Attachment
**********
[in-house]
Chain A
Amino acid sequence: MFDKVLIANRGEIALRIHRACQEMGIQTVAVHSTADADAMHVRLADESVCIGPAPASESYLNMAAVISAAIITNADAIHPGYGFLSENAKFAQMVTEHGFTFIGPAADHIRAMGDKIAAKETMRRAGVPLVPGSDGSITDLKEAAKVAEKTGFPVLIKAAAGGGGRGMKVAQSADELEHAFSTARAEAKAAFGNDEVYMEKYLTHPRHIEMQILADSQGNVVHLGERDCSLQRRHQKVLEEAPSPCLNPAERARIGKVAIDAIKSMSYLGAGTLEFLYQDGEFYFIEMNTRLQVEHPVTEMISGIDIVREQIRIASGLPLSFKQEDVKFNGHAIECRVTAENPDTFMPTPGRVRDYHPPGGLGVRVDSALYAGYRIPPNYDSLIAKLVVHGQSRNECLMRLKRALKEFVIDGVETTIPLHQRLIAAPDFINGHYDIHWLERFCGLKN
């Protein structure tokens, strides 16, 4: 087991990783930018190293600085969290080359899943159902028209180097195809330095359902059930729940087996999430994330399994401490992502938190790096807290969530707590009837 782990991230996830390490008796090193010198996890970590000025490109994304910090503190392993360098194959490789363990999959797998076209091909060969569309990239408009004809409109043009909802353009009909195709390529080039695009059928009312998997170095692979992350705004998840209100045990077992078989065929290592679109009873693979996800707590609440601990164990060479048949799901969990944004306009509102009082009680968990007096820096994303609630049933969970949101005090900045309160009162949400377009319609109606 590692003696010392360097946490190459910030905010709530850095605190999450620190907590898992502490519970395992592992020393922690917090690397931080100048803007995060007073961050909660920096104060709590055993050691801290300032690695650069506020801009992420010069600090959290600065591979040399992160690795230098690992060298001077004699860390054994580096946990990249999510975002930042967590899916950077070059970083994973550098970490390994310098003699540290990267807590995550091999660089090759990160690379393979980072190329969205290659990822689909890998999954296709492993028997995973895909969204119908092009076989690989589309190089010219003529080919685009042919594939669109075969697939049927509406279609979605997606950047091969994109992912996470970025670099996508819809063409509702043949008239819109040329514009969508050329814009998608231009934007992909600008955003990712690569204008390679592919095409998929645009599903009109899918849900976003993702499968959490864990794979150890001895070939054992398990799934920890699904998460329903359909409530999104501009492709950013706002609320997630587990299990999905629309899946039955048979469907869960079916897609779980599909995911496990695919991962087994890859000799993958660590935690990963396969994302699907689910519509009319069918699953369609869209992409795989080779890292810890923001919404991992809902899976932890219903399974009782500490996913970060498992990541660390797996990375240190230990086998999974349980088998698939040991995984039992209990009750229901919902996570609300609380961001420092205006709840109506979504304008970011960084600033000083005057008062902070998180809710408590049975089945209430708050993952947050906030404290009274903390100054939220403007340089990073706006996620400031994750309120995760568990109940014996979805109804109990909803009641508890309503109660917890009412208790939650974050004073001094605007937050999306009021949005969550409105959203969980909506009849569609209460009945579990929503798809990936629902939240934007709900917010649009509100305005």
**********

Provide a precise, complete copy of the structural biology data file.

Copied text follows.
[in-house]
Chain A
Amino acid sequence: MFDKVLIANRGEIALRIHRACQEMGIQTVAVHSTADADAMHVRLADESVCIGPAPASESYLNMAAVISAAIITNADAIHPGYGFLSENAKFAQMVTEHGFTFIGPAADHIRAMGDKIAAKETMRRAGVPLVPGSDGSITDLKEAAKVAEKTGFPVLIKAAAGGGGRGMKVAQSADELEHAFSTARAEAKAAFGNDEVYMEKYLTHPRHIEMQILADSQGNVVHLGERDCSLQRRHQKVLEEAPSPCLNPAERARIGKVAIDAIKSMSYLGAGTLEFLYQDGEFYFIEMNTRLQVEHPVTEMISGIDIVREQIRIASGLPLSFKQEDVKFNGHAIECRVTAENPDTFMPTPGRVRDYHPPGGLGVRVDSALYAGYRIPPNYDSLIAKLVVHGQSRNECLMRLKRALKEFVIDGVETTIPLHQRLIAAPDFINGHYDIHWLERFCGLKN
């Protein structure tokens, strides 16, 4: 087991990783930018190293600085969290080359899943159902028209180097195809330095359902059930729940087996999430994330399994401490992502938190790096807290969530707590009837 782990991230996830390490008796090193010198996890970590000025490109994304910090503190392993360098194959490789363990999959797998076209091909060969569309990239408009004809409109043009909802353009009909195709390529080039695009059928009312998997170095692979992350705004998840209100045990077992078989065929290592679109009873693979996800707590609440601990164990060479048949799901969990944004306009509102009082009680968990007096820096994303609630049933969970949101005090900045309160009162949400377009319609109606 590692003696010392360097946490190459910030905010709530850095605190999450620190907590898992502490519970395992592992020393922690917090690397931080100048803007995060007073961050909660920096104060709590055993050691801290300032690695650069506020801009992420010069600090959290600065591979040399992160690795230098690992060298001077004699860390054994580096946990990249999510975002930042967590899916950077070059970083994973550098970490390994310098003699540290990267807590995550091999660089090759990160690379393979980072190329969205290659990822689909890998999954296709492993028997995973895909969204119908092009076989690989589309190089010219003529080919685009042919594939669109075969697939049927509406279609979605997606950047091969994109992912996470970025670099996508819809063409509702043949008239819109040329514009969508050329814009998608231009934007992909600008955003990712690569204008390679592919095409998929645009599903009109899918849900976003993702499968959490864990794979150890001895070939054992398990799934920890699904998460329903359909409530999104501009492709950013706002609320997630587990299990999905629309899946039955048979469907869960079916897609779980599909995911496990695919991962087994890859000799993958660590935690990963396969994302699907689910519509009319069918699953369609869209992409795989080779890292810890923001919404991992809902899976932890219903399974009782500490996913970060498992990541660390797996990375240190230990086998999974349980088998698939040991995984039992209990009750229901919902996570609300609380961001420092205006709840109506979504304008970011960084600033000083005057008062902070998180809710408590049975089945209430708050993952947050906030404290009274903390100054939220403007340089990073706006996620400031994750309120995760568990109940014996979805109804109990909803009641508890309503109660917890009412208790939650974050004073001094605007937050999306009021949005969550409105959203969980909506009849569609209460009945579990929503798809990936629902939240934007709900917010649009509100305005």